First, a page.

I decided the most interesting thing would be to put some opponents in – other actors that you could run away from, and who could catch you. With the Doctor, it’s pretty obvious who that should be: the Daleks! (They are the Doctor’s prime enemy, after all.)

When I came home from work, I suggested this to Sophie. Happily, she agreed.

Continue reading

Teaching My Daughter To Code

First party of a journey of writing a Doctor Who video game in Java with my 9-year-old daughter.

[Update: part II, part III and part IV of this story are available now.]
[Update 2: Belorussian translation available now, provided by Webhostinggeeks.]

Yesterday, my daughter Sophie asked me to show her how to write a computer game. She is nine. (Well, only a few weeks away from being ten – at this age, a year still matters.) She has never written any code before. Now, there’s a challenge, if I ever saw one.

I am a computer scientist, and one of our projects is Greenfoot – a programming environment designed to teach kids (and older students) to code with Java. So far, that has all been part of my research work. Research into programming education, tool design, etc. I have used Greenfoot with kids (mostly about 15 years old), but more often I do presentations and workshops for teachers.

I have often wondered how low in age you could take Greenfoot. It’s Java, after all, not Logo. 15-year-olds clearly works. But 10 year olds? We don’t know.

So I told Sophie that we’d start making a game tomorrow. That was yesterday. So today was the day. Afterwards, I thought it might be interesting to try to record the process we’re going through — see what happens.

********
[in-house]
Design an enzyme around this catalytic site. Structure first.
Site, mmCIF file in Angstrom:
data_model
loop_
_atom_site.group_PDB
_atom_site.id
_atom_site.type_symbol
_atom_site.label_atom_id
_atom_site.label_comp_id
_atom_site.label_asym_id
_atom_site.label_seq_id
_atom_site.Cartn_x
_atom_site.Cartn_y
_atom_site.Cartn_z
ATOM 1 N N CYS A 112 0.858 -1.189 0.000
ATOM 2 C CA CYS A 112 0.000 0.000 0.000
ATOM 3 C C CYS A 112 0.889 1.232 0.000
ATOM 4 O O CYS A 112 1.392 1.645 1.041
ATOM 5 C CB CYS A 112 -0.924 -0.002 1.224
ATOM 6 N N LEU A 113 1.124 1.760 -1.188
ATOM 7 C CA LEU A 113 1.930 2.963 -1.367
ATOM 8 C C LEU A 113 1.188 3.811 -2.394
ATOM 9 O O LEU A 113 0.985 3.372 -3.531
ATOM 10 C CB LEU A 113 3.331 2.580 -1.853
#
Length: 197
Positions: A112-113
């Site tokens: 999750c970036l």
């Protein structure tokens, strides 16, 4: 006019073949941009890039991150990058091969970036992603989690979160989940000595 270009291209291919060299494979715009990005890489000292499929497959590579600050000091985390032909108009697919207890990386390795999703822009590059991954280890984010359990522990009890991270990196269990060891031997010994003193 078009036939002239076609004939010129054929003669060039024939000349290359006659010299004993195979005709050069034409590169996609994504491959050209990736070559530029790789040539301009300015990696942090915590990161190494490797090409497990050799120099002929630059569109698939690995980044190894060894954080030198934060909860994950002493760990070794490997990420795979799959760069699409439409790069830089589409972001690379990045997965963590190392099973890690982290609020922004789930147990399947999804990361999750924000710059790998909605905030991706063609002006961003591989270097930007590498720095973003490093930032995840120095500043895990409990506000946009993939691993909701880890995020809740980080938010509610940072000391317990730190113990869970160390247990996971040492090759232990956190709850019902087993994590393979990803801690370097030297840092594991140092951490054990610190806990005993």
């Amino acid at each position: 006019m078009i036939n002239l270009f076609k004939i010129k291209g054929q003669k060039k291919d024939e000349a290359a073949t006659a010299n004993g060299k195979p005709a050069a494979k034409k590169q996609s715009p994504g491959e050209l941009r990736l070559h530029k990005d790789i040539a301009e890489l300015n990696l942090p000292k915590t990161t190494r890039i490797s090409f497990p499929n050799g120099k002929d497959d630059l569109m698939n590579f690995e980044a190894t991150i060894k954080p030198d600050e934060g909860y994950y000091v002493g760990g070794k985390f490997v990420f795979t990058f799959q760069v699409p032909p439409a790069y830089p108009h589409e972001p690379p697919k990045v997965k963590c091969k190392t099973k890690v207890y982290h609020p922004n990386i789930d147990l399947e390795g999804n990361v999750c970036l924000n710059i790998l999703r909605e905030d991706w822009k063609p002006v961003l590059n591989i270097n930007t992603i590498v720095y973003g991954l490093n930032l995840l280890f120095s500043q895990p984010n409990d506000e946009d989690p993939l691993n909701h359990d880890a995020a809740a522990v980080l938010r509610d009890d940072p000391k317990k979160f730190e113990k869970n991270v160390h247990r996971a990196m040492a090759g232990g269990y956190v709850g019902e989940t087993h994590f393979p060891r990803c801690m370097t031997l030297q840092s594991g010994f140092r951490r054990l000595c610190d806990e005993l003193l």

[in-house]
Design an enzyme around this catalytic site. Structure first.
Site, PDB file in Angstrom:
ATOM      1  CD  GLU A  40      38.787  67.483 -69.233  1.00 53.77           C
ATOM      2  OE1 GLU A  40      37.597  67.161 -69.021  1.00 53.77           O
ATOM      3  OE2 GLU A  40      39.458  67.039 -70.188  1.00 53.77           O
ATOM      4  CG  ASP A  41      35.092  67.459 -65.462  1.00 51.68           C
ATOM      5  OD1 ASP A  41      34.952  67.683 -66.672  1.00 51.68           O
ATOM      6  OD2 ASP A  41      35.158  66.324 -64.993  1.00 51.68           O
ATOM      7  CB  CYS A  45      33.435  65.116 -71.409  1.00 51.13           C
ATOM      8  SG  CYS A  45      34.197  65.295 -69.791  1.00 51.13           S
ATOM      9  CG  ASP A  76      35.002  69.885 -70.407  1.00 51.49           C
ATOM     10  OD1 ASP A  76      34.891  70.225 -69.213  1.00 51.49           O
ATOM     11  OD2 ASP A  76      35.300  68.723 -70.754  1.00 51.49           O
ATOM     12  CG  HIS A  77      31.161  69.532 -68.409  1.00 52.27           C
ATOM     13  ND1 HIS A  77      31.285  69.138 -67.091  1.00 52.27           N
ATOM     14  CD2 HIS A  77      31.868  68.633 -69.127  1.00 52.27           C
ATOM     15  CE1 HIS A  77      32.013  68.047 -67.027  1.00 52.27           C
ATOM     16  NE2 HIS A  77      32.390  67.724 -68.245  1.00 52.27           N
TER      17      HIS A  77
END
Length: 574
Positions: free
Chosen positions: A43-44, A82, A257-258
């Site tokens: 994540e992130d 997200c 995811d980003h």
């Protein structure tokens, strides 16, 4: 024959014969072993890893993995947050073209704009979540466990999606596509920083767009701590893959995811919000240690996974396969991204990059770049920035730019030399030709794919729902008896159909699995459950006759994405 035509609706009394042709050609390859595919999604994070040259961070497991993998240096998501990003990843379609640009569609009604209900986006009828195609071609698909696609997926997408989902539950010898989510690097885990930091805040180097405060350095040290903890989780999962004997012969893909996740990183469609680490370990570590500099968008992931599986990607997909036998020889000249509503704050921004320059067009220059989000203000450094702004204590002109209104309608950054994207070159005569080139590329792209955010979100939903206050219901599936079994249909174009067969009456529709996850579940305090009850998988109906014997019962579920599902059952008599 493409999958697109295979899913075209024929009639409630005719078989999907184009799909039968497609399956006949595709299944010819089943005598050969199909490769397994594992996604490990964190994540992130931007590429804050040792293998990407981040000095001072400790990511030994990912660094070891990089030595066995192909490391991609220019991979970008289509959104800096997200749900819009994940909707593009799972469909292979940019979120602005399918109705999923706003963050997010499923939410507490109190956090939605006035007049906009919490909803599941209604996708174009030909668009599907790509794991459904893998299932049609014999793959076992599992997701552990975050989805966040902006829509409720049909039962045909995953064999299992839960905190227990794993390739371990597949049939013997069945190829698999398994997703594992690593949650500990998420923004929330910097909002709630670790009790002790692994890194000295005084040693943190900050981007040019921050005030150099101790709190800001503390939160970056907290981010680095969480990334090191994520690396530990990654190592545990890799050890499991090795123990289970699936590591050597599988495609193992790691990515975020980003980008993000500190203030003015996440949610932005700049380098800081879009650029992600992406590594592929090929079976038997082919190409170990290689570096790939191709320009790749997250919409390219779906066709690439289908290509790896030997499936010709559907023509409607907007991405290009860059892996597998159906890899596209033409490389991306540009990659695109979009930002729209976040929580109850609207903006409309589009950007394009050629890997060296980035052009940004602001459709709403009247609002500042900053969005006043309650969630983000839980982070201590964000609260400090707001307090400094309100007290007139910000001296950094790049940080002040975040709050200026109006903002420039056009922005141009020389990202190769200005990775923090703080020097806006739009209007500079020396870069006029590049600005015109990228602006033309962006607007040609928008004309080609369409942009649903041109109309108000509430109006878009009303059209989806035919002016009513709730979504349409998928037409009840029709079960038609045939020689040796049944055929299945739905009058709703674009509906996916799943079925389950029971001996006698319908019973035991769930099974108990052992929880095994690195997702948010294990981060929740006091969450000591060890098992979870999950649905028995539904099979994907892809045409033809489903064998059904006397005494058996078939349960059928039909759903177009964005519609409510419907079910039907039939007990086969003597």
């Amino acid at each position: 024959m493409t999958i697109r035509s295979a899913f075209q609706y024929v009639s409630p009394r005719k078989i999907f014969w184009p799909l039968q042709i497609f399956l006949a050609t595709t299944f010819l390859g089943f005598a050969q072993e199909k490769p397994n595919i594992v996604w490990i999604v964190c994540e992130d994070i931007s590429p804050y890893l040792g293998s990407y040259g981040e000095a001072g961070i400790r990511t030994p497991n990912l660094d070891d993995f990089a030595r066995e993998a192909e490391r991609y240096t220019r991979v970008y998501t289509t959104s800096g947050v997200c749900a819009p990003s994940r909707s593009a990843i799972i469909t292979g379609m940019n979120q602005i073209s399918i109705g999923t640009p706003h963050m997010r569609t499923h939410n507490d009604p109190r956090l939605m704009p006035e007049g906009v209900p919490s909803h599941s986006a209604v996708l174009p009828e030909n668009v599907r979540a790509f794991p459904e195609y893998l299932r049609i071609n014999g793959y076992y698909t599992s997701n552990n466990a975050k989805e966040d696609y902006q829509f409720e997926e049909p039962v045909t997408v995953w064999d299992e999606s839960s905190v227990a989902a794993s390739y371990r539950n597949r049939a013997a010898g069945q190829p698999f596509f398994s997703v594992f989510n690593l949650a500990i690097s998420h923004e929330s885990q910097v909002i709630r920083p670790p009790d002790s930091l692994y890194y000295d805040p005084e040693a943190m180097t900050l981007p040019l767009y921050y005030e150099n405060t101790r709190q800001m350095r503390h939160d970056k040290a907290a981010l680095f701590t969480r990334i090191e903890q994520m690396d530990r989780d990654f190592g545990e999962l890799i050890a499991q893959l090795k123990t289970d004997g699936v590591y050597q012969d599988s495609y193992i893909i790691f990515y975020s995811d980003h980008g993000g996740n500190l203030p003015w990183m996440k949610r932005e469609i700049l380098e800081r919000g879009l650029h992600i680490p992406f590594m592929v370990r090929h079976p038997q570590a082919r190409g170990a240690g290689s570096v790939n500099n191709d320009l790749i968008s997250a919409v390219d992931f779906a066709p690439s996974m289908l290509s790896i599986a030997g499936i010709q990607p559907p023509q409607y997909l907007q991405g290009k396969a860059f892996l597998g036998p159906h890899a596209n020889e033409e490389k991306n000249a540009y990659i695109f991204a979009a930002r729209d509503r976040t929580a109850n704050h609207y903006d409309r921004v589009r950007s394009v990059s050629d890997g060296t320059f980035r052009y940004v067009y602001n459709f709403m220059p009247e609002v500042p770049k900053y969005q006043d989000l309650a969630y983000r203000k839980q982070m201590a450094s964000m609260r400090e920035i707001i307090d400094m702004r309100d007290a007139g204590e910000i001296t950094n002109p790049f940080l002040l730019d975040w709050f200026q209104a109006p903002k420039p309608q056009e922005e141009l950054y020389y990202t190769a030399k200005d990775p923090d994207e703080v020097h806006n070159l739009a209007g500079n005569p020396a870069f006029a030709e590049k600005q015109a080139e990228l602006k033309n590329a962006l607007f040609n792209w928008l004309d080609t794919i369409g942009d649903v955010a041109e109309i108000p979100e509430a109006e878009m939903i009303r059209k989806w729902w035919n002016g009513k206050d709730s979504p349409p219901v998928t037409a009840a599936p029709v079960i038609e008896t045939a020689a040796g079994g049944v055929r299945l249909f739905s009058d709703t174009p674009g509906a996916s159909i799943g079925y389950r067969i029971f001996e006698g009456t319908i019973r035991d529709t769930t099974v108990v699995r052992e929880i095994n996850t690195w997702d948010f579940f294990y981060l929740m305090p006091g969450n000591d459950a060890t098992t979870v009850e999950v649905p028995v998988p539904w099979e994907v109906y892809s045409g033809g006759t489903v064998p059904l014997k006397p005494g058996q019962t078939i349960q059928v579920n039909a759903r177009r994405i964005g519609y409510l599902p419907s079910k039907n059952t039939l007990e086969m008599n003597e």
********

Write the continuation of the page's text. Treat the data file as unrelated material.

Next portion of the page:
So here is my (hopefully continuing) diary of coding with my daughter… (Our results, live demo and source code, are at the bottom.)

Continue reading

The Pitfalls of Java as a First Programming Language – A Response

Two computing practitioners from an Ada shop in New York, Dr. R.B.K Dewar and Dr. E. Schonberg, who are also professors emeritus at New York University, have recently slammed Java as a first programming language. Their article has received quite a bit of attention and created wide discussion.

I think they are completely barking up the wrong tree.

Dewar and Schonberg report some observations, and than jump to conclusions that are not in any way supported by the observations or their argument.

Specifically, they state that today’s students are lacking certain skills (low level programming and formal methods), and then go on to blame the use of Java as an introductory language for this problem.

To state my conclusion upfront: They describe a badly designed curriculum, and then blame one programming language for the education’s problems.

Continue reading